ESRA 2019 Programme at a Glance
New Strategies of Assessing Data Quality within Interviewer-Administered Surveys 1
|Session Organisers|| Dr Laura Silver (Pew Research Center)
Mr Kyle Taylor (Pew Research Center)
Ms Danielle Cuddington (Pew Research Center)
Dr Patrick Moynihan (Pew Research Center)
|Time||Wednesday 17th July, 14:00 - 15:00|
International survey researchers are no strangers to the difficulties inherent in assuring high-quality data, particularly in a post-GDPR environment where access to audio files -- a key mechanism to verify the caliber of interviewing -- may be severely restricted. Moreover, closely monitoring or investigating every sampled case is unlikely given resource constraints (e.g., limited time, budget and capacity), driving researchers to base evaluations on aggregate measures of data quality, such as interview length (in its entirety or by sections), extreme item nonresponse and other related substantive and paradata indicators.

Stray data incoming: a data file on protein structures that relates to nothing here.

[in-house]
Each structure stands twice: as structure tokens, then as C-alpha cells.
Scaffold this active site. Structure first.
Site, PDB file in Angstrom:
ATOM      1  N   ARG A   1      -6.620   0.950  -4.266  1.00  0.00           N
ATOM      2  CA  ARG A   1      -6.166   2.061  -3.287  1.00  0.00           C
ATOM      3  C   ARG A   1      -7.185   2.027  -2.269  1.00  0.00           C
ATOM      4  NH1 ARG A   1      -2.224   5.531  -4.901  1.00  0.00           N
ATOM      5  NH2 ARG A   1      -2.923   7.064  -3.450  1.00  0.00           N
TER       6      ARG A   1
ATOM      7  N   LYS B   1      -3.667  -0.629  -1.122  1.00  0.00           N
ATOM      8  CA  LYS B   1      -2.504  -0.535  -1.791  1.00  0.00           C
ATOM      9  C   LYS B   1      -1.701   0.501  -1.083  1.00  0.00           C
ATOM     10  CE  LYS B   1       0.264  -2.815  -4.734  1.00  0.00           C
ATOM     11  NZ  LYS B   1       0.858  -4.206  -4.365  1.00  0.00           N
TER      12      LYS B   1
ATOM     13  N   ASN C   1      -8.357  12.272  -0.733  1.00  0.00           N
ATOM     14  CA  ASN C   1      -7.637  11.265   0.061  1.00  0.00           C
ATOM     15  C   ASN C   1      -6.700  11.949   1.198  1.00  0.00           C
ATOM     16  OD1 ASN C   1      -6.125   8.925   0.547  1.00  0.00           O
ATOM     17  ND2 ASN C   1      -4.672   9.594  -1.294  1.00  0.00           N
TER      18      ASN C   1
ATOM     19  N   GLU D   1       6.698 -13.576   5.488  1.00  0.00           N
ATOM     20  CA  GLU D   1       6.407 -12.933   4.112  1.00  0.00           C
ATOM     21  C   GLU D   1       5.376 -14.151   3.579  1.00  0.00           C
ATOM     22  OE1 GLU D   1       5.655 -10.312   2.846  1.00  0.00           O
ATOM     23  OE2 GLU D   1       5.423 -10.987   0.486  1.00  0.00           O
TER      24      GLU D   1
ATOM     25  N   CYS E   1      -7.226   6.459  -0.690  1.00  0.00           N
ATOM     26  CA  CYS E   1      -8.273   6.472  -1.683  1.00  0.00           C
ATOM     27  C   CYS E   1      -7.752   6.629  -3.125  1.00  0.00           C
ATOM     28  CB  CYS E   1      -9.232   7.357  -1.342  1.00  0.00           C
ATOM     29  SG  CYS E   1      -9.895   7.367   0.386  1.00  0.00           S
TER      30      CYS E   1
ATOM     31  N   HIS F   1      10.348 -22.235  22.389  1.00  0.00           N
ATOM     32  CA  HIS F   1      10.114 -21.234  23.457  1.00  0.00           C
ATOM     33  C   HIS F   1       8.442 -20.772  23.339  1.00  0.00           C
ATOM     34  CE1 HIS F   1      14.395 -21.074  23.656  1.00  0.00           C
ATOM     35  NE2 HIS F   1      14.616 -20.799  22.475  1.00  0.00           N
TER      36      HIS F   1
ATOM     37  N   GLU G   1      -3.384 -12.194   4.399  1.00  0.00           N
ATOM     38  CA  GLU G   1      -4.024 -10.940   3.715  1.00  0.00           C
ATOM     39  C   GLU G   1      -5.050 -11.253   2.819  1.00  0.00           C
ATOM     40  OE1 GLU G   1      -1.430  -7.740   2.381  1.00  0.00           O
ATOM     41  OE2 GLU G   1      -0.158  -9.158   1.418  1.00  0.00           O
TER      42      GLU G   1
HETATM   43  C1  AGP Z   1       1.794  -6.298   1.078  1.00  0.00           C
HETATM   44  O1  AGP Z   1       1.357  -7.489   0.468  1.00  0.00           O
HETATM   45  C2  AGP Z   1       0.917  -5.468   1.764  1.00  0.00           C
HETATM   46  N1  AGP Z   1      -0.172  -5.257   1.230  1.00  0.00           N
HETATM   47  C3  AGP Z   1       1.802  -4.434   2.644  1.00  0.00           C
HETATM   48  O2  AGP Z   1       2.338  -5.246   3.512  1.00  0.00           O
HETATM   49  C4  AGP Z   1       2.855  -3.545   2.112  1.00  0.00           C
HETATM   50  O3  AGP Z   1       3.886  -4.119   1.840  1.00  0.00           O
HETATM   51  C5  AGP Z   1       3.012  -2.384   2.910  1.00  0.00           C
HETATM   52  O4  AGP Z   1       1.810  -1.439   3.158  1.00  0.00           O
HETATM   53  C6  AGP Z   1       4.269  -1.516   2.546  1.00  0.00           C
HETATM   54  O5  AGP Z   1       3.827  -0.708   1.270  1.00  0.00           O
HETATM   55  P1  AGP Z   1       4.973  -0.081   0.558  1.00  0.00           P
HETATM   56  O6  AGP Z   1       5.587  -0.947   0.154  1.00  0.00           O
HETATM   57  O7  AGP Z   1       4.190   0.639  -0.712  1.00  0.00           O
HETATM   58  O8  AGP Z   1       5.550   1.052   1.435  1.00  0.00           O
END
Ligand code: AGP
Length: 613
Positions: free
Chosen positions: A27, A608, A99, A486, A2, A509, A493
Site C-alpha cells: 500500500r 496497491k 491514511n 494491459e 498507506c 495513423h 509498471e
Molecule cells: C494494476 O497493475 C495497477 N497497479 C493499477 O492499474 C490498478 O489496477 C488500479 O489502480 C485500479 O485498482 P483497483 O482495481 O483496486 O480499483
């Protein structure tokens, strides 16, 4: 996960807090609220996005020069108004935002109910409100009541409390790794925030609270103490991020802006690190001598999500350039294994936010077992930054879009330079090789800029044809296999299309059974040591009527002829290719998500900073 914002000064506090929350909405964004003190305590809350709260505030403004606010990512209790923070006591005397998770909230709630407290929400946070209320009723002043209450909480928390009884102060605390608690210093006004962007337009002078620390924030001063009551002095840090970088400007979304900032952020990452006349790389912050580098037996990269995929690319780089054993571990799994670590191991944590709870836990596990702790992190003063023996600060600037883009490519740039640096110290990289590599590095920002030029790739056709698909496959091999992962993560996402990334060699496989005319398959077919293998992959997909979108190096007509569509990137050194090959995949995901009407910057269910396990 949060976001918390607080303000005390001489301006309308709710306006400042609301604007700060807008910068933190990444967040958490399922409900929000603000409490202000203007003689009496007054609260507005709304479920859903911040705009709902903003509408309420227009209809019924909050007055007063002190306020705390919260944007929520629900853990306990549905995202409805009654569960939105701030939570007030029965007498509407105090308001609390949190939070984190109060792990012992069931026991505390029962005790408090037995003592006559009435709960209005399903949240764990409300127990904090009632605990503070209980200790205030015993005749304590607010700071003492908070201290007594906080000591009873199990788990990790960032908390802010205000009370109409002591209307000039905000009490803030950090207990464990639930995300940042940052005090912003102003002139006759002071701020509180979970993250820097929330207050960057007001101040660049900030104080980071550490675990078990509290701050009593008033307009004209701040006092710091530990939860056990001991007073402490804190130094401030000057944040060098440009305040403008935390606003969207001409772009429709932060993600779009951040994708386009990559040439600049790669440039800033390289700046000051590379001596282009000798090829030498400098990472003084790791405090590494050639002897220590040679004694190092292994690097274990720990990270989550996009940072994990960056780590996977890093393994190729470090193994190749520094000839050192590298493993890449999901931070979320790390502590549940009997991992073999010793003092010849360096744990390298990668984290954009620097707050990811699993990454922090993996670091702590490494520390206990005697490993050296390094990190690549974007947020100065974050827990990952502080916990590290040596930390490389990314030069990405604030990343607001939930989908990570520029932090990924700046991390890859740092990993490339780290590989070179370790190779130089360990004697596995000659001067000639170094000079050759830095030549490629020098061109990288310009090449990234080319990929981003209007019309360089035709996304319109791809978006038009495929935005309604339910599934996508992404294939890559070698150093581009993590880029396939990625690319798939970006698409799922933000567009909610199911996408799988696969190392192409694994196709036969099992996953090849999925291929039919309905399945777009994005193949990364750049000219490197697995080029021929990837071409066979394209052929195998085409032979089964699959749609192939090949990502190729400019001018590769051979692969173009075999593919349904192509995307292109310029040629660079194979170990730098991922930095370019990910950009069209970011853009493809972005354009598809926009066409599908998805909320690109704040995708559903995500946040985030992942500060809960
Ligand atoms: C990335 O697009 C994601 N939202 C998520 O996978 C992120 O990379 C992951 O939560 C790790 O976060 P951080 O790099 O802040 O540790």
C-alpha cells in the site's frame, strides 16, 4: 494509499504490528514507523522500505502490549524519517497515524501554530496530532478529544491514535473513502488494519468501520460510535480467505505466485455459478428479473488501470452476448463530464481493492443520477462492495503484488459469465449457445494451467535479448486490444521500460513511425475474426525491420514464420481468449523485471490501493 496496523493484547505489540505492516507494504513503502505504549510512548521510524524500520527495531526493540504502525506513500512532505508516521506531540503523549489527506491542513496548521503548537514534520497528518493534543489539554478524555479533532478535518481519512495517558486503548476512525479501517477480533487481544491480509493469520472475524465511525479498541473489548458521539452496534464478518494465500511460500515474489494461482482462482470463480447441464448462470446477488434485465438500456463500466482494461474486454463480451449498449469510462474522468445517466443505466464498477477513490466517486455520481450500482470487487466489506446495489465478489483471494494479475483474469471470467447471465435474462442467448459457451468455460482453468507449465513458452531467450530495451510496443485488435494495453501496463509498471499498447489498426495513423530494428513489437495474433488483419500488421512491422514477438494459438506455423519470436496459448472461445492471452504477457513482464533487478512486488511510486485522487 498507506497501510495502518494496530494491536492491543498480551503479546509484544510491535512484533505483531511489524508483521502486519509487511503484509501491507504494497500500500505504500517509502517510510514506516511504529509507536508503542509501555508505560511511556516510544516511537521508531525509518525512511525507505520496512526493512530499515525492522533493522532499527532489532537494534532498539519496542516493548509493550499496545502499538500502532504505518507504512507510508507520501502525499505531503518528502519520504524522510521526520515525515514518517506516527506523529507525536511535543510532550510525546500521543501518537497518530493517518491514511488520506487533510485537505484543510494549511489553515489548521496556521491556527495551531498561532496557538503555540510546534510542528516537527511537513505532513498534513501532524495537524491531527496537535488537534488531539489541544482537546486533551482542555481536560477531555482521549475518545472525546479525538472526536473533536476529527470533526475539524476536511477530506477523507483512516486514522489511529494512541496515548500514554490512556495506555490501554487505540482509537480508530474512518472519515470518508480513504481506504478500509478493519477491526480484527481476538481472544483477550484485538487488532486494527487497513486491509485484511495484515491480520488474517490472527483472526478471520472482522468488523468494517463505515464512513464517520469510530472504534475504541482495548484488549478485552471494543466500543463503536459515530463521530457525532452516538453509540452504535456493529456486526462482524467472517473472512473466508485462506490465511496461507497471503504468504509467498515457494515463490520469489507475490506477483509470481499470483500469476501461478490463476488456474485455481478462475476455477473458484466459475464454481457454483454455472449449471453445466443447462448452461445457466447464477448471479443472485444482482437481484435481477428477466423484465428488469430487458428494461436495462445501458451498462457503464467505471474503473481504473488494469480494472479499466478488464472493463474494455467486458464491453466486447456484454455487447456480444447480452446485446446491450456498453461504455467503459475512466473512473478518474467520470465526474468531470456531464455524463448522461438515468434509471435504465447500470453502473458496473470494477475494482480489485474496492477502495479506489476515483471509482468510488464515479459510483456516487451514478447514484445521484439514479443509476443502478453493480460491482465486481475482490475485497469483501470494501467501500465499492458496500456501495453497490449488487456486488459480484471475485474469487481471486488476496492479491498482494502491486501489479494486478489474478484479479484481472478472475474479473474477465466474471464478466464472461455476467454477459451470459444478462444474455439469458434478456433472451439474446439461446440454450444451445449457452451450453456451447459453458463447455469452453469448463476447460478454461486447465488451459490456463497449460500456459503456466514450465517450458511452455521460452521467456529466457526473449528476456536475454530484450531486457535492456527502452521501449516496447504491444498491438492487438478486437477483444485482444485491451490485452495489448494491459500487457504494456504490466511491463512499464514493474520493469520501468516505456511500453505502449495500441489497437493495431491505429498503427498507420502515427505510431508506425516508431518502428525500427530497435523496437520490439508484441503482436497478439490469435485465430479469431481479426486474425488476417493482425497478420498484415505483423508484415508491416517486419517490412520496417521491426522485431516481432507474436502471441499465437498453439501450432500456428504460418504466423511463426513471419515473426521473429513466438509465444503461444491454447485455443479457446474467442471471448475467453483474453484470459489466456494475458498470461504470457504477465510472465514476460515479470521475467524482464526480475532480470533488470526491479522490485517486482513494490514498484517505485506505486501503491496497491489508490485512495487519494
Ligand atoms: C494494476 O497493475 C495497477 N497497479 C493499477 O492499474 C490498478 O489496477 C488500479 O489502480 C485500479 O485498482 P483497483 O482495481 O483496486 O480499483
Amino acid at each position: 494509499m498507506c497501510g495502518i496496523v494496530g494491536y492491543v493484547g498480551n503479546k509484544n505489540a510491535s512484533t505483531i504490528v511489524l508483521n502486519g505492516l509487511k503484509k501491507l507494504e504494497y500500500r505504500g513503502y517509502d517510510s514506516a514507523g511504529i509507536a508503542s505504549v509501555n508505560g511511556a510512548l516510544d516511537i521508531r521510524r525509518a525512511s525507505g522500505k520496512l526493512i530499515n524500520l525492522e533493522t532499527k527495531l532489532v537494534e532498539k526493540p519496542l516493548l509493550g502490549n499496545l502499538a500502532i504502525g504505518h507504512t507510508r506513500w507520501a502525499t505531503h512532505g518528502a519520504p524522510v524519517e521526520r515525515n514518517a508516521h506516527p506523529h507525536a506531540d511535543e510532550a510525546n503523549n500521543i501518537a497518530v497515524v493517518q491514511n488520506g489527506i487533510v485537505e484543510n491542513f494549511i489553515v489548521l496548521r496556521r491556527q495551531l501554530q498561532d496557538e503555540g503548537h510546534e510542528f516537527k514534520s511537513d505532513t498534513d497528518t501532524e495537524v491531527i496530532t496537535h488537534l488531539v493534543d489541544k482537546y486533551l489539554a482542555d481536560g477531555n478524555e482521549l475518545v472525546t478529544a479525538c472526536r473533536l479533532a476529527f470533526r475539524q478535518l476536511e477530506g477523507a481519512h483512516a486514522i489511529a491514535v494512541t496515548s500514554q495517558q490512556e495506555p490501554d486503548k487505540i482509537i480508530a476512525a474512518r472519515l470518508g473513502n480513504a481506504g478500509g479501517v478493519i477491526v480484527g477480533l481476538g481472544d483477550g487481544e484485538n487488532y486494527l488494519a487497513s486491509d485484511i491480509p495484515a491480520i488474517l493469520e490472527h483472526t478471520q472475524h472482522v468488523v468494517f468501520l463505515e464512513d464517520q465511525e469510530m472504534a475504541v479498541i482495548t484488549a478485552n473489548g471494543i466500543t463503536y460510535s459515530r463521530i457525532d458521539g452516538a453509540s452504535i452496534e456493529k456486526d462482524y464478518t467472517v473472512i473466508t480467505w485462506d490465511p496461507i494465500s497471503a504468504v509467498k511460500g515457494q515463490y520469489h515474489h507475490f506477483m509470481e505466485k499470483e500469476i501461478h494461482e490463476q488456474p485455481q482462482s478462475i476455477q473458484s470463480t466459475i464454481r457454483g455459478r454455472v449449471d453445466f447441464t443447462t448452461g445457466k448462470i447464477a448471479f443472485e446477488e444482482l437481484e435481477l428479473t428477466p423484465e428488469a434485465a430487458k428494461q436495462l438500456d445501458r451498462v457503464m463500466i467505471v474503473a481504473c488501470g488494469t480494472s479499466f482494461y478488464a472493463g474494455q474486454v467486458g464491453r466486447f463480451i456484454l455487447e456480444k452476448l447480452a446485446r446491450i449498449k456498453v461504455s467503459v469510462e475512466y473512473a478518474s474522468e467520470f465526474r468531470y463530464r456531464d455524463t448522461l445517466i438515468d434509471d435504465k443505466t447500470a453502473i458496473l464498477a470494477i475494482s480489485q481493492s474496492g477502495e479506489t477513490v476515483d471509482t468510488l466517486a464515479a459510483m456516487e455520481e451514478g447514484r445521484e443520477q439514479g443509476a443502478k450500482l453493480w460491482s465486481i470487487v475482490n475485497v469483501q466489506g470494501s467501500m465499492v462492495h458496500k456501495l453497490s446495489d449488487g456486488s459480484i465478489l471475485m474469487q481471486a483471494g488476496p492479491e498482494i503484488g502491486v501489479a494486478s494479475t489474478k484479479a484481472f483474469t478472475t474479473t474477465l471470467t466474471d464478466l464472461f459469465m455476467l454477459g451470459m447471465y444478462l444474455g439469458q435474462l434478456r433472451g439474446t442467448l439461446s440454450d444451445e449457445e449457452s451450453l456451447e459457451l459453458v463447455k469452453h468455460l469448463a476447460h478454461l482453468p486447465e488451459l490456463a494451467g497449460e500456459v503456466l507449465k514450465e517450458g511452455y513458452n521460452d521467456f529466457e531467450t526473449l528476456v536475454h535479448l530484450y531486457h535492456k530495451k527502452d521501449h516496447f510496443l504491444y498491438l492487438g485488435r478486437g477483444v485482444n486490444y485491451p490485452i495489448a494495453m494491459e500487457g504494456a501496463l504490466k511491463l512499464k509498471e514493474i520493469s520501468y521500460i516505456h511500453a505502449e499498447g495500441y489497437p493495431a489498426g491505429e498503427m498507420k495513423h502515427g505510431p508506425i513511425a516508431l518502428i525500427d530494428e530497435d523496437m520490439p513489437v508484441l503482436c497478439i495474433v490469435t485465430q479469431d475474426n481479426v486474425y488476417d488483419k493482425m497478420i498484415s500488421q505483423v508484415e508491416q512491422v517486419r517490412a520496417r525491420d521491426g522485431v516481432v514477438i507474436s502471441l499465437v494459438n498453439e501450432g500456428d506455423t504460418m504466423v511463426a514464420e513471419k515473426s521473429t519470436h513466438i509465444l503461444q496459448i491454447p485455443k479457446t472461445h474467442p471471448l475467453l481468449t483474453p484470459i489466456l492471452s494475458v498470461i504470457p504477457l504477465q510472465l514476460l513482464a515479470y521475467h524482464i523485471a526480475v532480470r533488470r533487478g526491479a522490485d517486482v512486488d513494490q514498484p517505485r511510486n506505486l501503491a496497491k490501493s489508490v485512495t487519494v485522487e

For survey practitioners, this raises a critical question: Which data-quality indicators are most valuable for identifying problems in the field -- and, by extension, low-quality interviewing? Are certain indicators better associated with identifying certain problems? And what thresholds are used to distinguish between a case worth analyzing and one requiring more investigation? More broadly, how do these issues play out across comparative data as well as between locations and modes?